Just as C++ was becoming the language of choice for building industrial-strength
applications, another growth spurt in the evolution of programming language was
budding, fertilized by the latest disruptive technology—the World Wide Web. The
Internet had been a well-kept secret for decades before the National Science Foundation
(who oversaw the Internet) removed barriers that prevented commercialization. Until 1991
when it was opened to commerce, the Internet was the almost exclusive domain of
government agencies and the academic community. Once the barrier to commercialization
was lifted, the World Wide Web—one of several services offered on the Internet—
became a virtual community center where visitors could get free information about
practically anything and browse through thousands of virtual stores.
Browsers power the World Wide Web. A browser translates ASCII text files written
in HTML into an interactive display that can be interpreted on any machine. As long as
the browser is compatible with the correct version of HTML and HTTP implementation,
any computer running the browser can use the same HTML document without having
to modify it for a particular type of computer, which was something unheard of at the
time. Programs written in C or C++ are machine dependent and cannot run on a different
machine unless the program is recompiled.
The success of the Internet gave renewed focus to developing a machine-independent
programming language. And the same year the Internet was commercialized, five
technologists at Sun Microsystems set out to do just that. James Gosling, Patrick Naughton,
Chris Warth, Ed Frank, and Mike Sheridan spent 18 months developing the programming
language they called Oak, which was renamed Java when this new language made its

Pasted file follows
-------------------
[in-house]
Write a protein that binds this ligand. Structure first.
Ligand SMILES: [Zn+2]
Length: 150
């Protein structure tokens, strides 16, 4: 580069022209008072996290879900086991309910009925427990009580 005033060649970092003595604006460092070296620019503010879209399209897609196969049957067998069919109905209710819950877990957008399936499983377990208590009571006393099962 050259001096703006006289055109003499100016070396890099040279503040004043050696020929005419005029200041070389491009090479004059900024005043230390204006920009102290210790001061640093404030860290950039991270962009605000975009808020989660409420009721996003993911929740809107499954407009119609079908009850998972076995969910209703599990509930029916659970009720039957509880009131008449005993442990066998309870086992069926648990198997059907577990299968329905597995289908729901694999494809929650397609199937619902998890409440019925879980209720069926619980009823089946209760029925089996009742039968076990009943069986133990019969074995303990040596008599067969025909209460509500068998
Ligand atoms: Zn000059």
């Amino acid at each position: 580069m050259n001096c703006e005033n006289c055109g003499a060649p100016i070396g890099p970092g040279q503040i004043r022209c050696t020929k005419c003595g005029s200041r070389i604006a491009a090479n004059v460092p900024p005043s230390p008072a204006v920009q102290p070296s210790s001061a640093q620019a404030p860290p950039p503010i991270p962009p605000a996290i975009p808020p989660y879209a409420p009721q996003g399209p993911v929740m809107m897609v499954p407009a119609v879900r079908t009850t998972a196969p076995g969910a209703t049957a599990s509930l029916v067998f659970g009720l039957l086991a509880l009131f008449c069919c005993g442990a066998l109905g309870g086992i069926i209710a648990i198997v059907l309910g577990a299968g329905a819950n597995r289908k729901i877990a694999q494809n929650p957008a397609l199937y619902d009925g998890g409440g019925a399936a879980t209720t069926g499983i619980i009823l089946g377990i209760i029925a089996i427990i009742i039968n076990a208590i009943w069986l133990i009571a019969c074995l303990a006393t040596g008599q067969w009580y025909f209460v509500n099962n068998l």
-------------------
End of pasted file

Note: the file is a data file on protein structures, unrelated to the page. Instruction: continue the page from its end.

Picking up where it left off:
debut in 1995. Java went through numerous iterations between 1991 and 1995, during
which time many other technologists at Sun made substantial contributions to the
language. These included Bill Joy, Arthur van Hoff, Jonathan Payne, Frank Yelin, and
Although Java is closely associated with the Internet, it was developed as a language
for programming software that could be embedded into electronic devices regardless of
the type of CPU used by the device. This is known as the EmbeddedJava platform and
is in continuous use today for closed systems.
The Java team from Sun succeeded in creating a portable programming language,
something that had eluded programmers since computers were first programmed. Their
success, however, was far beyond their wildest dreams. The same concept used to make
Java programs portable to electronic devices also could be used to make Java programs
run on computers running Microsoft Windows, UNIX, and Macintosh.
Timing was perfect. The Internet/intranet had whetted corporate America’s appetite
for cost-effective, portable programs that could replace mission-critical applications
within the corporation. And Java had proven itself as a programming language used
to successfully develop machine-independent applications.
It was in the mid-1990s when the team from Sun realized that Java could be easily
adapted to develop software for the Internet/intranet. And toward the turn of the century,